tbb::parallel_reduce(tbb::blocked_range<int>(0, ARCHnodes), searchcenters, tbb::auto_partitioner());
Src.sourcenode = searchcenters.m_temp1;

As usual, the TBB version creates an additional function object that is passed to the template function  tbb::parallel_reduce. Due to the ability to use any user-defined code for reduction, parallel_reduce does not need the thread ID based trick used with OpenMP. So the thread ID dependency problem was naturally resolved.

Resolving thread ID dependency - placing a thread ID dependent buffer inside the tbb::parallel_for and tbb::parallel_reduce

The above approach won't resolve all thread ID dependencies. I found it doesn't work when I ported other SPEC benchmarks: 330.art and 332.ammp. Parallel loops in these benchmarks use some global buffers , which are protected from data races using thread IDs. Here is an example of such a buffer from the 330.art test:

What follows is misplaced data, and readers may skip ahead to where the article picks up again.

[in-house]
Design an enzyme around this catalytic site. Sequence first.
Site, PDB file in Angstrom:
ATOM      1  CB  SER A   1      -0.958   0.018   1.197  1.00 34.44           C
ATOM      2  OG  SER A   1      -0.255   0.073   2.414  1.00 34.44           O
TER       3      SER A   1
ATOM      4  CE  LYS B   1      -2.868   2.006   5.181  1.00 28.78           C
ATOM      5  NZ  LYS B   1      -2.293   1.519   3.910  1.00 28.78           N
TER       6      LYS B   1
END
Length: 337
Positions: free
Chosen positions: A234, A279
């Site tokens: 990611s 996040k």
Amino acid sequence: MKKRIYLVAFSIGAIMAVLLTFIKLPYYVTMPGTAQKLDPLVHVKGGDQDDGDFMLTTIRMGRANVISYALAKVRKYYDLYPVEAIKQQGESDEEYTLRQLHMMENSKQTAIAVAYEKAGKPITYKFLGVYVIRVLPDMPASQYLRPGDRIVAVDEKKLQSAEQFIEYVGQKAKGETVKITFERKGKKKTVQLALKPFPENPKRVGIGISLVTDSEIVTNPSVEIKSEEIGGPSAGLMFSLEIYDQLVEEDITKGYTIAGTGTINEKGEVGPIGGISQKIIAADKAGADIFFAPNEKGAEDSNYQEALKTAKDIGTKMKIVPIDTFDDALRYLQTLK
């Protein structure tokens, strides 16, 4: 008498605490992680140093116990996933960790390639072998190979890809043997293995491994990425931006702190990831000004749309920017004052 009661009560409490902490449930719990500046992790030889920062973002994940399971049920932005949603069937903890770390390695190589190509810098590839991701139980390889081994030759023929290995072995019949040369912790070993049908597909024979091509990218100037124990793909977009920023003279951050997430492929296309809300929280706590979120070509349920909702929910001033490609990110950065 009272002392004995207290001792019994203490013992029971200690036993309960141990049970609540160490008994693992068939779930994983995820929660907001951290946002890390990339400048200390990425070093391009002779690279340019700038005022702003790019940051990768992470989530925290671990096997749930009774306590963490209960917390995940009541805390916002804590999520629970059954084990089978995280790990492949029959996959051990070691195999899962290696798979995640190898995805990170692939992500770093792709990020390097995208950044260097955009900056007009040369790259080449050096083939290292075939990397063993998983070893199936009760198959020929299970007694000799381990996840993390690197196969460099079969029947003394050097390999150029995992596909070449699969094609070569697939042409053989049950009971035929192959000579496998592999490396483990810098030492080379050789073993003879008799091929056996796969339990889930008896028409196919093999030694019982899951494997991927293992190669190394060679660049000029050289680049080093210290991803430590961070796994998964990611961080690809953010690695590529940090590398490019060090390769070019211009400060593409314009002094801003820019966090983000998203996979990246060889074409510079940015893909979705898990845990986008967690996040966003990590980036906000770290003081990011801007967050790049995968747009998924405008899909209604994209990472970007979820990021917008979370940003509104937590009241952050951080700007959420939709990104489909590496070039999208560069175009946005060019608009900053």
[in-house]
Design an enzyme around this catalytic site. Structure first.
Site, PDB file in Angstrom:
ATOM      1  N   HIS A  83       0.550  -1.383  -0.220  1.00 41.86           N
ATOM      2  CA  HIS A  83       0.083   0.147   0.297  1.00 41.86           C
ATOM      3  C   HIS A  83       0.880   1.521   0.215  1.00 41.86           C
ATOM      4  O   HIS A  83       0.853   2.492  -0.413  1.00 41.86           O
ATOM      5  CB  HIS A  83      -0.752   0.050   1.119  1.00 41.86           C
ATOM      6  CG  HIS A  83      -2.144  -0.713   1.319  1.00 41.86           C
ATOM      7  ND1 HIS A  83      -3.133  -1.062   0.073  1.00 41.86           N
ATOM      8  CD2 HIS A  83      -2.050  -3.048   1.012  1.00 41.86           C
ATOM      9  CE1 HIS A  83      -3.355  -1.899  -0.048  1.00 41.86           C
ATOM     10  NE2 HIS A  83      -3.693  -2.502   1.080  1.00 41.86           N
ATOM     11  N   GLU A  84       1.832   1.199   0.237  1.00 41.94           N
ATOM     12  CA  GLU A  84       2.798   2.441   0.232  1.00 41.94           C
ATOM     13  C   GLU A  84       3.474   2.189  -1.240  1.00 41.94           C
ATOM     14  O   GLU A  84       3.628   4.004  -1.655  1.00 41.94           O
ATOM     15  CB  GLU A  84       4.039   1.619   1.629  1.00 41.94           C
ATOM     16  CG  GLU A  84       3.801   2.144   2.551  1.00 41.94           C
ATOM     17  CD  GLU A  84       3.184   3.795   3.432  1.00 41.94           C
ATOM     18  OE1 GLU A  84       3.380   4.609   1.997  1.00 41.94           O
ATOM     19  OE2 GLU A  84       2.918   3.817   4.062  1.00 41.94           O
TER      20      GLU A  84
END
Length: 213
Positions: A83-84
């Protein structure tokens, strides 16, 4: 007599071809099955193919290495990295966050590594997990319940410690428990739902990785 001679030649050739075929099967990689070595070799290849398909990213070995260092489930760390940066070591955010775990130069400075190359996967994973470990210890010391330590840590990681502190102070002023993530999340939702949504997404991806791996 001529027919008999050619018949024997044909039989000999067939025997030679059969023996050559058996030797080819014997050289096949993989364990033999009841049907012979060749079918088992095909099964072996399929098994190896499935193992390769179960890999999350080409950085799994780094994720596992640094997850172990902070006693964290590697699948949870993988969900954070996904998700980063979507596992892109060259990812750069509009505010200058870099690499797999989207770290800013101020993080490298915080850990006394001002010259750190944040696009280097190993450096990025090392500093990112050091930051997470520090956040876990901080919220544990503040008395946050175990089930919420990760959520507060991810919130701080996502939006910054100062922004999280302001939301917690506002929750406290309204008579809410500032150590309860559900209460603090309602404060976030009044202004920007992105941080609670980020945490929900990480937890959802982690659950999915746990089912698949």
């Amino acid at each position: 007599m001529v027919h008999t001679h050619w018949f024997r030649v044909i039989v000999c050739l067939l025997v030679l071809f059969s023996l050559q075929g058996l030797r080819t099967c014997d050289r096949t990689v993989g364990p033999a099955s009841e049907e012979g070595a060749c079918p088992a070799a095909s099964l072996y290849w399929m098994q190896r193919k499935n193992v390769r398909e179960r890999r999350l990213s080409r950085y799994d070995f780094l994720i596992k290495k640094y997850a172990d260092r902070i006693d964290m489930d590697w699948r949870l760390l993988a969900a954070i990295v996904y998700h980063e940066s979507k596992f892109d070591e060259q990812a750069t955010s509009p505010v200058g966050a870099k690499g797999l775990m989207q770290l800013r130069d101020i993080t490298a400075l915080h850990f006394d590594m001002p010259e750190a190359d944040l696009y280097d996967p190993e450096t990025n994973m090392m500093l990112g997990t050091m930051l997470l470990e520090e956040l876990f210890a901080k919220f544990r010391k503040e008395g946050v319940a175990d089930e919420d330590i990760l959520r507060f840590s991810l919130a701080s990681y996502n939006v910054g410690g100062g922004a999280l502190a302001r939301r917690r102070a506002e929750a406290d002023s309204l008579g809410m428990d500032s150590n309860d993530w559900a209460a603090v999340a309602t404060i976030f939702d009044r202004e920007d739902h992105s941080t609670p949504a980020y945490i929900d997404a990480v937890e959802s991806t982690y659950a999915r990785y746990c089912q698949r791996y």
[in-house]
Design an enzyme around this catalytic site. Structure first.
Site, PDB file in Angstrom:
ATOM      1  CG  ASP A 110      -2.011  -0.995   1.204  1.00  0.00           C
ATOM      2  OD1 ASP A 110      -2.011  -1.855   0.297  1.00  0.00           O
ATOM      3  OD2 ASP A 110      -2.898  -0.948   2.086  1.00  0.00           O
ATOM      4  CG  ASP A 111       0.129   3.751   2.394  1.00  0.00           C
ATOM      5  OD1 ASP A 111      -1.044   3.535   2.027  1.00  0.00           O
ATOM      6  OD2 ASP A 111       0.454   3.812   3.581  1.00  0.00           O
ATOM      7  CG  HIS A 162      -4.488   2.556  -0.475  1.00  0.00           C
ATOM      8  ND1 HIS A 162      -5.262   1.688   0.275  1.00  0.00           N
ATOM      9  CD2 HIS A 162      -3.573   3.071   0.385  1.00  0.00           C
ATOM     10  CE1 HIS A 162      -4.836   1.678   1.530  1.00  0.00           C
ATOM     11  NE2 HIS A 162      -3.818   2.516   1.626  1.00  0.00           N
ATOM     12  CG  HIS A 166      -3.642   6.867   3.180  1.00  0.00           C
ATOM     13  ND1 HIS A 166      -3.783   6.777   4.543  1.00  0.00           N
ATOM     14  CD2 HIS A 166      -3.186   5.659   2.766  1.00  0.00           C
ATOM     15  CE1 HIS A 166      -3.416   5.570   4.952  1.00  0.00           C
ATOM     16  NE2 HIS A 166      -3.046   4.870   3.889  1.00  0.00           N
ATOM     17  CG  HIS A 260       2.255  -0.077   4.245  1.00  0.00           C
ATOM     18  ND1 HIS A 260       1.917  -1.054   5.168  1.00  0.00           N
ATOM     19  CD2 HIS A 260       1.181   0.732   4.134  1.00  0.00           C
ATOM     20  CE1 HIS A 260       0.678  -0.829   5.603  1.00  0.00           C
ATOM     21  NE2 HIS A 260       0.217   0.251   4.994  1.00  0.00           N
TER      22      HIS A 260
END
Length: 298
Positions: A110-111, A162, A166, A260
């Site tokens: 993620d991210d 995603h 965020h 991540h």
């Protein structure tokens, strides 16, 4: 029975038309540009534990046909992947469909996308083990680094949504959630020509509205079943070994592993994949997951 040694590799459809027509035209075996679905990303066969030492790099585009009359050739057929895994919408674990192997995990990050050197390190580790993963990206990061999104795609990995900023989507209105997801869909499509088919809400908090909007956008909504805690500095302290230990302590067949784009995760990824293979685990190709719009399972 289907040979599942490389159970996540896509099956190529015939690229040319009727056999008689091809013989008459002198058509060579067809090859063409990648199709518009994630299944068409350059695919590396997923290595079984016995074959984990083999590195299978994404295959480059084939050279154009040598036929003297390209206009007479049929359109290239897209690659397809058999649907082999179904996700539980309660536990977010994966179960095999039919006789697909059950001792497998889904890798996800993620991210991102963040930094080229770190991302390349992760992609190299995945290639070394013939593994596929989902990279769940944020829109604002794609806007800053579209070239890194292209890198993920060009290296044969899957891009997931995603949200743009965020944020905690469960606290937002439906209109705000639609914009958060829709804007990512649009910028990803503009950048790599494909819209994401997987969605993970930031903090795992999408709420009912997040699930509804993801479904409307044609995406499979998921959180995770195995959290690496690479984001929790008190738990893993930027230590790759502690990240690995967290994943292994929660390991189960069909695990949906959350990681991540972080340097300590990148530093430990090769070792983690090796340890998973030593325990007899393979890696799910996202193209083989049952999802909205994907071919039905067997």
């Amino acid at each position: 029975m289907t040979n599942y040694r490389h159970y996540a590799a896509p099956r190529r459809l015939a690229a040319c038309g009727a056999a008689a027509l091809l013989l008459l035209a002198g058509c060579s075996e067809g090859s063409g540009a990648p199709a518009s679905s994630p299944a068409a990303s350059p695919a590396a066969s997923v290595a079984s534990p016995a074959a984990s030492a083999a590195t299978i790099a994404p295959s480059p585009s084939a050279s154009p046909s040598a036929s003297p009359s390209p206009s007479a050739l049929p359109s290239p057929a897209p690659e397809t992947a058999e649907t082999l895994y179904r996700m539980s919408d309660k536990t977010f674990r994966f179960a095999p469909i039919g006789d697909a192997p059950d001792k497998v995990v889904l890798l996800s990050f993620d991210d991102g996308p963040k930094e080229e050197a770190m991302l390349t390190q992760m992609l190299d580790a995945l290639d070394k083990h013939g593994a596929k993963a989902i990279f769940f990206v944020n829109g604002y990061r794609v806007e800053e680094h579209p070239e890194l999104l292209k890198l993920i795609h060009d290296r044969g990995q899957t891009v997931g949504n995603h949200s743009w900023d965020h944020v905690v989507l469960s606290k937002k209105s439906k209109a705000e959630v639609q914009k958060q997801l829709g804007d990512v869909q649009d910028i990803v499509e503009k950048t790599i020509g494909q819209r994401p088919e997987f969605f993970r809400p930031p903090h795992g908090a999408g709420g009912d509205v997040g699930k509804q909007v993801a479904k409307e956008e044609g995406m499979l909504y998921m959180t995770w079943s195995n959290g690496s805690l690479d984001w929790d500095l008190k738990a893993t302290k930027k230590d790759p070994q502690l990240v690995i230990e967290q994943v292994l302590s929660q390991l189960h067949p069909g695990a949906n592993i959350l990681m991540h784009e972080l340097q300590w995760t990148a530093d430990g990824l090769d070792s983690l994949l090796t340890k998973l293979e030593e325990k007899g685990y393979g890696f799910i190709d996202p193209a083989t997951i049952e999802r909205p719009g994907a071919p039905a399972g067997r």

f1_neuron **f1_layer; // The buffer protected by thread ID
int numthreads = omp_get_max_threads();
f1_layer = (f1_neuron **)malloc(numthreads * sizeof (f1_neuron*));

#pragma omp parallel for private (i)
   for (i=0;i<numthreads;i++)
       f1_layer[i] = (f1_neuron*) malloc(numf1s * sizeof(f1_neuron));

// After that each thread works with its own part of f1_layer buffer.
o = omp_get_thread_num();

#pragma omp for private (k,m,n, gPassFlag) schedule(dynamic)
    for (ij = 0; ij < ijmx; ij++)
    { 
       j = ((ij/inum) * gStride) + gStartY;
       i = ((ij%inum) * gStride) +gStartX;
       k=0;
       for (m=j;m<(gLheight+j);m++)
         for (n=i;n<(gLwidth+i);n++)
           f1_layer[o][k++].I[0] = cimage[m][n];